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Landis and Baker convicted in France in hacking case

The 2006 Tour de France podium

A French court on Thursday convicted Floyd Landis and his former advisor Arnie Baker of benefitting from the use of documents that were fraudulently obtained.

The court cleared the pair of actually hacking the computers of the French lab that reported Landis’ doping positive from the 2006 Tour de France. But the two were given 12-month suspended sentences for knowingly receiving the hacked documents.

In a statement sent to VeloNews, Baker denied doing anything wrong and noted that he was found not guilty of the hacking charge.

“The charges were not true — I had nothing to do with any hacking and as far as I knew, the lab documents I received while serving as an expert consultant to the legal team for Floyd Landis were obtained legally,” Baker said.

Prosecutors had sought an 18-month suspended sentence against the pair, who were tried in absentia.

Landis did not immediately respond to an email sent by VeloNews.com asking for his reaction. A legal advisor told The Associated Press that he would advise the retired cyclist to appeal.

“If he doesn’t appeal, it amounts to an admission that he lied about his knowledge of the fraudulent origin of these documents that he used for his defense,” Emmanuel Daoud, told the AP.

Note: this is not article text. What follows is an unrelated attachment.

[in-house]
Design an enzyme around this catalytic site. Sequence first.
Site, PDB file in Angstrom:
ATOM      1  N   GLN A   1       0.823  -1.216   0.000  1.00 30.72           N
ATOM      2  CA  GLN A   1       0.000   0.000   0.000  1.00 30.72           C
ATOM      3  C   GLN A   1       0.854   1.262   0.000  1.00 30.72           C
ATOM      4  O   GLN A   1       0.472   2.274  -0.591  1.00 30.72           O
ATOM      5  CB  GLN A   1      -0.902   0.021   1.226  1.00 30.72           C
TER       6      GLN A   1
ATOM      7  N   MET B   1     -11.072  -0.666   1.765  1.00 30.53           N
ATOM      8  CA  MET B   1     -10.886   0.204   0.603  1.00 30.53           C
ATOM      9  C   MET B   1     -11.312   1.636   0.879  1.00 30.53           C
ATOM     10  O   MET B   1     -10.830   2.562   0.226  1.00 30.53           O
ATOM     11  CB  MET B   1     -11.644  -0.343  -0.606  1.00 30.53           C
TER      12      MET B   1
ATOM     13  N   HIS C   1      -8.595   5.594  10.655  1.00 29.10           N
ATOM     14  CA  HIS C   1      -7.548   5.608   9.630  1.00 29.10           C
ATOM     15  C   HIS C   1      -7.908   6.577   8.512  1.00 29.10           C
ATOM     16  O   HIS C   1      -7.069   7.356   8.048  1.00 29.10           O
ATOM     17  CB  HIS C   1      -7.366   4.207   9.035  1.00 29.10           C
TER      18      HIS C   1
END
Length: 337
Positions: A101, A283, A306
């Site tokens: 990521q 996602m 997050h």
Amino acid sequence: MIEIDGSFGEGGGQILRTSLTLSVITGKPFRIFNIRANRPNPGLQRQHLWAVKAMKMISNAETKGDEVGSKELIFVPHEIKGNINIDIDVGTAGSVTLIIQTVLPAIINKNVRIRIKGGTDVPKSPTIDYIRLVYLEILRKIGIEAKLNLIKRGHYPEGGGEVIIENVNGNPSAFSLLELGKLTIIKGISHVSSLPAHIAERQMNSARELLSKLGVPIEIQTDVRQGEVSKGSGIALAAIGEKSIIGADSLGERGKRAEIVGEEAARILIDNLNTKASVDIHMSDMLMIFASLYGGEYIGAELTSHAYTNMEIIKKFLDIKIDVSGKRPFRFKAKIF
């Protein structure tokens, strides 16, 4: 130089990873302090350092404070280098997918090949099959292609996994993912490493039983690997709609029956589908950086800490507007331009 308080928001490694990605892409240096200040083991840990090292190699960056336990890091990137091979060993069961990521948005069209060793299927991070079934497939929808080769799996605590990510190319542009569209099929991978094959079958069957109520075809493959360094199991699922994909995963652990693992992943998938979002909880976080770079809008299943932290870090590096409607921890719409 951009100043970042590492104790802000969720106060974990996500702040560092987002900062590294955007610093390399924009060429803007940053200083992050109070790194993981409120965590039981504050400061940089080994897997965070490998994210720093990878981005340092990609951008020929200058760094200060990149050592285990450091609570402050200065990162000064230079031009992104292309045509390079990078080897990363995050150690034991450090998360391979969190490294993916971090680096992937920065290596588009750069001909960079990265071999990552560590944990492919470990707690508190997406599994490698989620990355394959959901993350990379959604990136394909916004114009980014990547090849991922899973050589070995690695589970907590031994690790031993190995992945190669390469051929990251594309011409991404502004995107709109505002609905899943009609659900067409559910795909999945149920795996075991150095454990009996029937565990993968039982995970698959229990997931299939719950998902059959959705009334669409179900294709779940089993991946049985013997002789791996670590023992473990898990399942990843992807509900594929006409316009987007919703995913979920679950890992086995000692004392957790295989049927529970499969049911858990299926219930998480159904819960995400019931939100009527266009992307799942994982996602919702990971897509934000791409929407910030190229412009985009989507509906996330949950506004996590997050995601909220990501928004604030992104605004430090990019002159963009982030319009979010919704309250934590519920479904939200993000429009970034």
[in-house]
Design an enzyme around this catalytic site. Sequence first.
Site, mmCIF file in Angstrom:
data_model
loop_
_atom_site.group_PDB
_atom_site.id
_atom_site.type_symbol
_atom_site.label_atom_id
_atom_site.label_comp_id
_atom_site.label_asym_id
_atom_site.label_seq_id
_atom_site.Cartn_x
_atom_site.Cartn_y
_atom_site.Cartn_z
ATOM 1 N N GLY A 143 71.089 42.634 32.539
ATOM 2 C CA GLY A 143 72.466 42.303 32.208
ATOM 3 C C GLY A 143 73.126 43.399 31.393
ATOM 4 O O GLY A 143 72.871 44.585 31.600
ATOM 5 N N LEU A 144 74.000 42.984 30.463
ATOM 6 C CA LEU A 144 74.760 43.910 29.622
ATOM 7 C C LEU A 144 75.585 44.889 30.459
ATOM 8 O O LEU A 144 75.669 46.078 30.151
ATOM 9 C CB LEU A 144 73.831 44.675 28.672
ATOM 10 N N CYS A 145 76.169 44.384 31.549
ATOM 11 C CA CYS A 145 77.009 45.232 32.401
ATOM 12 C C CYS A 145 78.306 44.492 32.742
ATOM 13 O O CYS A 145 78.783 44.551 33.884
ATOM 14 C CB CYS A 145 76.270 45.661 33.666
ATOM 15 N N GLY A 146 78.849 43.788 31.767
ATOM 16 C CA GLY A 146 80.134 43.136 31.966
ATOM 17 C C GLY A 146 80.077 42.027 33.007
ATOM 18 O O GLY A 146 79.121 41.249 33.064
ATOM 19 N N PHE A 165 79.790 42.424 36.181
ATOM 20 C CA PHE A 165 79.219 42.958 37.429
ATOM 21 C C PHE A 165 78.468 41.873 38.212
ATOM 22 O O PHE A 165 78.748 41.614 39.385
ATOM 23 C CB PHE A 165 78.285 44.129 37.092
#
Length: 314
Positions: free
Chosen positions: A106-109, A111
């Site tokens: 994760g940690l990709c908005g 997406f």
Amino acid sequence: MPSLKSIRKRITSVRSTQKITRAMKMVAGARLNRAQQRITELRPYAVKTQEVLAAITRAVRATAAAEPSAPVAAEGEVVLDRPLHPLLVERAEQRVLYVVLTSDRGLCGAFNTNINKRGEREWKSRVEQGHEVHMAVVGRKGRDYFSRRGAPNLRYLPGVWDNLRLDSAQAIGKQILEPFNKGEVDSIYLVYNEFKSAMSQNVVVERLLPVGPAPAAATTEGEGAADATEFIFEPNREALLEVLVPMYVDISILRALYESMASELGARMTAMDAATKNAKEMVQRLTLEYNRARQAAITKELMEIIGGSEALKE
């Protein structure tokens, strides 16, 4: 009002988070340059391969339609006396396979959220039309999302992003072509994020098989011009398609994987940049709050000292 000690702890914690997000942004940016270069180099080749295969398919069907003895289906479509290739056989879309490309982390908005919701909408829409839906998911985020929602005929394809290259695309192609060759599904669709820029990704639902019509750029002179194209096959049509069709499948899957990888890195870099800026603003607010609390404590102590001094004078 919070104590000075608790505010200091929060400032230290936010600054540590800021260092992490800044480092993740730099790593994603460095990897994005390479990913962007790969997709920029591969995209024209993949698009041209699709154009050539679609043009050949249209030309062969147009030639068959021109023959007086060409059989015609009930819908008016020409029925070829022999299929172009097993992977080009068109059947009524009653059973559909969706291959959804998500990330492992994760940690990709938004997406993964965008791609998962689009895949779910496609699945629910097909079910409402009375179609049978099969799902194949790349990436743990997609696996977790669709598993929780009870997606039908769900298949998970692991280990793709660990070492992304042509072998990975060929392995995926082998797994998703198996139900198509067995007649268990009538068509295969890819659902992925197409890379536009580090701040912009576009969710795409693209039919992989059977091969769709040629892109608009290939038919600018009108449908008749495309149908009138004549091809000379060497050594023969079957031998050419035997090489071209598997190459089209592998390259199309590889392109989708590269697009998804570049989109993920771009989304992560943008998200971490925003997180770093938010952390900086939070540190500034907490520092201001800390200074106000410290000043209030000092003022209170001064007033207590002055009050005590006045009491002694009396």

Baker said the legal process was flawed.

“Rather than interview me locally, following established protocols between the U.S. and France, investigators short-circuited the rules. They summoned me to appear in France, at my own expense, and then threatened my arrest if I set foot there.

“The French court used legal theories contrary to principles of U.S. justice and law. They tried me in absentia in an inquisitorial system where there is a presumption of guilt, rather than of innocence. No evidence of wrongdoing was presented; they relied on false assumptions, including my absence from the court.

“This case against me appears to be a deeply flawed process from start to finish, designed to protect a national French institution and cover up its apparent sloppy work and incompetence.

“Now that this saga is over, it is important to reflect that the sport of cycling needs reliable, competent, transparent, and high-quality testing.”

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